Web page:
POLITICAL WIRE’S HEADLINES – 11/9

No Photo of Barack and Bibi?

First Read: “The biggest event on President Obama’s schedule today is a meeting with Israeli Prime Minister Netanyahu at 7:00 pm ET. The Israelis usually love to get their American presidential photo-ops, but Netanyahu won’t get one unless the White House releases an official photograph. Why? There is no pool spray or media moment between the two at all. Part of the reason is that the White House only agreed to meet Netanyahu in the last 48 hours, despite Netanyahu’s pleas for a meeting for weeks.”

 

Club for Growth Backs Rubio

St. Petersburg Times: “It would have been bigger news if the Club for Growth didn’t endorse Marco Rubio for U.S. Senate, but the endorsement announced today is still a big deal for Rubio. The PAC could funnel millions of dollars toward the Miami Republican’s campaign. The group concluded that A) Rubio can beat Charlie Crist in the primary and B) that he can beat Kendrick Meek in the general.”

 

Republicans Tied in Race to Challenge Boxer

A new Los Angeles Times/USC poll in California shows Carly Fiorina (R) and Chuck DeVore (R) each with 27% support among Republican primary voters in their race to face off with Sen. Barbra Boxer (D-CA) next year.

 

Pelosi Got It Done

First Read: “Speaker Pelosi deserves her due on Saturday’s vote. She had said she’d get this out of the House as soon as she had the votes. By going when she did, with another Dem in her pocket (the new seat in NY-23) and keeping the House in session over the weekend, she got it done. And she even quelled a potential uprising among the most pro-choice members of her caucus. It was an impressive performance; she had her share of backseat drivers in all parts of official Washington, and she pulled it off. By the way, the NEXT health care vote in the House should be easier to get, given that what comes out of conference (the “opt out” or the trigger) will likely be a tad easier for moderates to support. That said, the abortion issue could still end up a problem at some point in this process. But the way she navigated the bill over the weekend should re-shape the C.W. on her a tad.”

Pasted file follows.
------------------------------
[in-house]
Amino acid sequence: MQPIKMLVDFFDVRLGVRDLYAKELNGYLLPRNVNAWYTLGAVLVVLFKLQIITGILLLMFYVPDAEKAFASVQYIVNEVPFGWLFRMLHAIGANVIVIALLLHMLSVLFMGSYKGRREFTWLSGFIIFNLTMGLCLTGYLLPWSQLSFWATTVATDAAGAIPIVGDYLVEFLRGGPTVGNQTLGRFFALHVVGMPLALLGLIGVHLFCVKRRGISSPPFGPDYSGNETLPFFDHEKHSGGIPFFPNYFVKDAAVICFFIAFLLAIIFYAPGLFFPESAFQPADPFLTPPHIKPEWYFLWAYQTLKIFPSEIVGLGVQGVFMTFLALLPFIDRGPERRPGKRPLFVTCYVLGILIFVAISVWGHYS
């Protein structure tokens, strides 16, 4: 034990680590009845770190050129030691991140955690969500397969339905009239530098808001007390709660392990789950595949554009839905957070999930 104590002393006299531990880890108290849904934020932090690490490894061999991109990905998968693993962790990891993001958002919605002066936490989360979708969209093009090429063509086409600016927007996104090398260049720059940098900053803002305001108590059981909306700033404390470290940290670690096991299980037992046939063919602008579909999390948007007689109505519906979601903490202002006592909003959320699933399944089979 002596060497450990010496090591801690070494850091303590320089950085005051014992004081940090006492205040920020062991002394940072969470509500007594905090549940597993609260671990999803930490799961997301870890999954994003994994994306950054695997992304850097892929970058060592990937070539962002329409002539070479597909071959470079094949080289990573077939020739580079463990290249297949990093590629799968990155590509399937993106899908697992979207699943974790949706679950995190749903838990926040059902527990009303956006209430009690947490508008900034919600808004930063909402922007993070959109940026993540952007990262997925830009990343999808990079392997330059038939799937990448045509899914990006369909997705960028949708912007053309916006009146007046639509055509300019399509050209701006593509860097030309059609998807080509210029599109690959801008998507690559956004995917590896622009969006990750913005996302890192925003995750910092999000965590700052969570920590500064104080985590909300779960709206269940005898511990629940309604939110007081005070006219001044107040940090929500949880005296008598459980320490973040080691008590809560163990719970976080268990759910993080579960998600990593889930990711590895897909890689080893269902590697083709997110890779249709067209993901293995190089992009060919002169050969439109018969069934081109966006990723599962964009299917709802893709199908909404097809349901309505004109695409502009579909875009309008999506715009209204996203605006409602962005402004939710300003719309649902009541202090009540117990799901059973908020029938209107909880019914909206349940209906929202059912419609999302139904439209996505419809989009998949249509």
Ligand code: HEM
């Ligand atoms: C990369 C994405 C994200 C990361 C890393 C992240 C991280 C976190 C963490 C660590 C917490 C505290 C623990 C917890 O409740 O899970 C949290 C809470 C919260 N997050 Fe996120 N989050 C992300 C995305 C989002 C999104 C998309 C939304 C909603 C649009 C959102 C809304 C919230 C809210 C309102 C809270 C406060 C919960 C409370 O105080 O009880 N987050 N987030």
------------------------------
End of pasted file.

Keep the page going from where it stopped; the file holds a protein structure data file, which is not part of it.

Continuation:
Meanwhile, the Los Angeles Times notes, the Speaker is a lot more pragmatic than her opponents admit. “Pelosi’s impulse to tilt at windmills disappeared and her pragmatic heritage came to the fore. That’s what enabled Pelosi to build a majority, one compromise at a time, including the pivotal deal with antiabortion Democrats.”

As we’ve long said, Pelosi is one of the most underrated politicians of our time.

 

Republicans Have a Growing Women Problem

Politico notes that the “growing schism between the Republican Party’s ascendant right wing and its shrinking moderate core has clear gender undertones” which “raises fresh questions about the GOP’s ability to recruit, elect and even tolerate the sort of moderate women who used to be part of its ruling mainstream.”

Key statistic: There are just 17 Republican women in the House today.

“And with less than a year to go before the 2010 midterm elections, Republicans have enlisted just 13 more to challenge Democratic incumbents. Even if all of them won, Republicans would have at most 30 women in the House — about half the number Democrats now have.”

 

Crunch Time

“The countdown is on. Excluding the Veterans Day and Thanksgiving recesses,” theNew York Times notes “lawmakers have just about four-and-a-half weeks to line up 60 votes in favor of the Senate’s plan to overhaul the health care system, hash out the differences — and there are plenty — between the two chambers’ versions and get a bill to President Obama’s desk by the end of the year.”

The first step: Senate Democrats hope to get a CBO score for the merged Senate bill later this week.

Meanwhile, the New York Times reports the White House, “growing concerned that the Congressional timetable for passing a health care overhaul could slip into next year, is stepping up pressure on the Senate for quick action.”

 

About the Length of the Health Care Bill

Despite intense criticism of the size of the House health care bill — 1,990 pages! — a simple page count vastly overstates the actual length of bill.

For instance, a word analysis shows the bill is actually less than one-half of one percent of the entire U.S. Code. It’s essentially as long as a Harry Potter novel.

 

Low Turnout Didn’t Cause Democratic Losses

Charles Franklin: “The shifts in outcomes between the 2008 presidential and 2009 gubernatorial elections in New Jersey and Virginia were driven far more by shifts in voting preferences among groups than by changes in turnout across those groups. Only age groups show consistently substantial changes in relative share of the electorate. Vote preference, in comparison, shows quite large shifts between election years. While one narrative of the 2009 election was changing turnout motivation, this turns out to be substantially false. Instead, changes in candidate preference drove the Republican wins in both New Jersey and Virginia.”

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Explore posts in the same categories: Candidates, National, Politics, Virginia

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